Solid-state physics: an introduction to theory and experiment
This introduction to solid-state physics emphasizes both experimental and theoretical aspects of materials science. Three important areas of modern research are treated in particular detail: magnetism, superconductivity, and semiconductor physics. Experimental aspects with examples taken from research areas of current interest are presented in the form of separate panels. This novel format, highly praised by readers of earlier editions, should help to relate the theoretical concepts described in the text to important practical applications. Students will benefit significantly from working through the problems related to each chapter. In many cases these lead into areas outside the scope of the main text and are designed to stimulate further study.
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Chemical Bonding in Solids
Diffraction from Periodic Structures
11 other sections not shown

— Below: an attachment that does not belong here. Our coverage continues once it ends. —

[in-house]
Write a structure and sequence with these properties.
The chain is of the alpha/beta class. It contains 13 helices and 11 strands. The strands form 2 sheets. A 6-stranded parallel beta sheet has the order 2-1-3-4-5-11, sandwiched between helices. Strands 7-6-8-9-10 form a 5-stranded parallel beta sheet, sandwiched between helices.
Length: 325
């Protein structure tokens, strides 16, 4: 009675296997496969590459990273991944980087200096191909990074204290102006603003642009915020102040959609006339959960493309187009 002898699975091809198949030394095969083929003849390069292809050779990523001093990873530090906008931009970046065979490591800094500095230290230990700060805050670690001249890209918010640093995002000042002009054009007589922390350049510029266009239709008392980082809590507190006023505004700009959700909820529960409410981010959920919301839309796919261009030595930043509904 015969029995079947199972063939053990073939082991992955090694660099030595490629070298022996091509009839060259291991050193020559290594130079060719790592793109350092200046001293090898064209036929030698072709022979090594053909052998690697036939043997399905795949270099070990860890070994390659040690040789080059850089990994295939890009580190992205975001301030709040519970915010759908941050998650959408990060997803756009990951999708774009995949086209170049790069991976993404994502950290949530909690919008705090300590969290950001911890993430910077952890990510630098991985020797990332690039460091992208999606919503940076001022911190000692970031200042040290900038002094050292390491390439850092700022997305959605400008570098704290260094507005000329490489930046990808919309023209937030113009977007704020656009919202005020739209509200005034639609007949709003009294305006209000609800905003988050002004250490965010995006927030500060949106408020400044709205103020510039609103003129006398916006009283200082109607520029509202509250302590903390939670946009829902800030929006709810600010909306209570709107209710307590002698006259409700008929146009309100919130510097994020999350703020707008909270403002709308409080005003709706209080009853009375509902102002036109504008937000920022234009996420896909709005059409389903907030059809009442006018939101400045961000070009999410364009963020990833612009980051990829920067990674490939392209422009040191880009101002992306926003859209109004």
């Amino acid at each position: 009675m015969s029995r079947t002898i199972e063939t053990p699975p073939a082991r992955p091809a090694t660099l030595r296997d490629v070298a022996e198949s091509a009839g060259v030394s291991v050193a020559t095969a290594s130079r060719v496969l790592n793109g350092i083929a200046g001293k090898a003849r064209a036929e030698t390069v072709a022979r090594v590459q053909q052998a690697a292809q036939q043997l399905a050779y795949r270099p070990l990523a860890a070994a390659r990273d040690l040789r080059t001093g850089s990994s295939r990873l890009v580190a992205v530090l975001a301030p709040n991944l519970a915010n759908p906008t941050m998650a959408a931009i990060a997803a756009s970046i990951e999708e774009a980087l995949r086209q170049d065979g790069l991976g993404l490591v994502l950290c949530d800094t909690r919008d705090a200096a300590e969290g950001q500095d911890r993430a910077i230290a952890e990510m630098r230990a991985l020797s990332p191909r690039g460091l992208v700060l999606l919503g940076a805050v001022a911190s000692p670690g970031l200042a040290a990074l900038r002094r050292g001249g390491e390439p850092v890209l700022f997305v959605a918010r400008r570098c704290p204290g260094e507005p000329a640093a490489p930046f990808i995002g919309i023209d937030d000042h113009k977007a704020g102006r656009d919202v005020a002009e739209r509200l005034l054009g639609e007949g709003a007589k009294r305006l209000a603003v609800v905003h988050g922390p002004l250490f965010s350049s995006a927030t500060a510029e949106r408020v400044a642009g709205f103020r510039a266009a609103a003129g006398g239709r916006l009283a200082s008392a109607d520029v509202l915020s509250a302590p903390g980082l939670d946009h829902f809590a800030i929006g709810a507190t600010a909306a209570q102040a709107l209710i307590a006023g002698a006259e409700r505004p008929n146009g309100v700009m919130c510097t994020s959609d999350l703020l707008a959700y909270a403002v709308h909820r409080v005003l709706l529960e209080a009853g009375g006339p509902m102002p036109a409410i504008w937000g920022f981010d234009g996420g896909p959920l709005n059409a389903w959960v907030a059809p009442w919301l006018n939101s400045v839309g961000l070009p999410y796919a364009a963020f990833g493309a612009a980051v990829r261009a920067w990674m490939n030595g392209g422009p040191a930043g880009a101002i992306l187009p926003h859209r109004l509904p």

A-space absorption acceptors approximation atoms axis band edge band gap bandstructure BCS ground BCS theory beam behavior Bloch waves bonding Brillouin zone Calculate carriers charge concentration conduction band constant Cooper pairs coordinates corresponding crystal derived described determined dielectric diffraction dipole donor doped e(co effective mass elec electric field energy levels excitation experimental external field Fermi energy Fermi level Fermi surface ferromagnetism flux free electron gas frequency function GaAs gap energy holes integral interaction ionic ionization ions layer linear low temperatures magnetic field measured metals molecule nearest neighbors neutron normal obtain occupied one-electron orbitals oscillator p-n junction particles perpendicular phase phonons plane polarization position potential quantum radiation reciprocal lattice region sample scattering Schematic Sect semiconductor shown in Fig so-called solid space-charge zone spatial specific heat spectrum spin waves structure superconductor symmetry thermal equilibrium tion transition trons tunnel unit cell valence band values velocity voltage wave vector wavefunction X-ray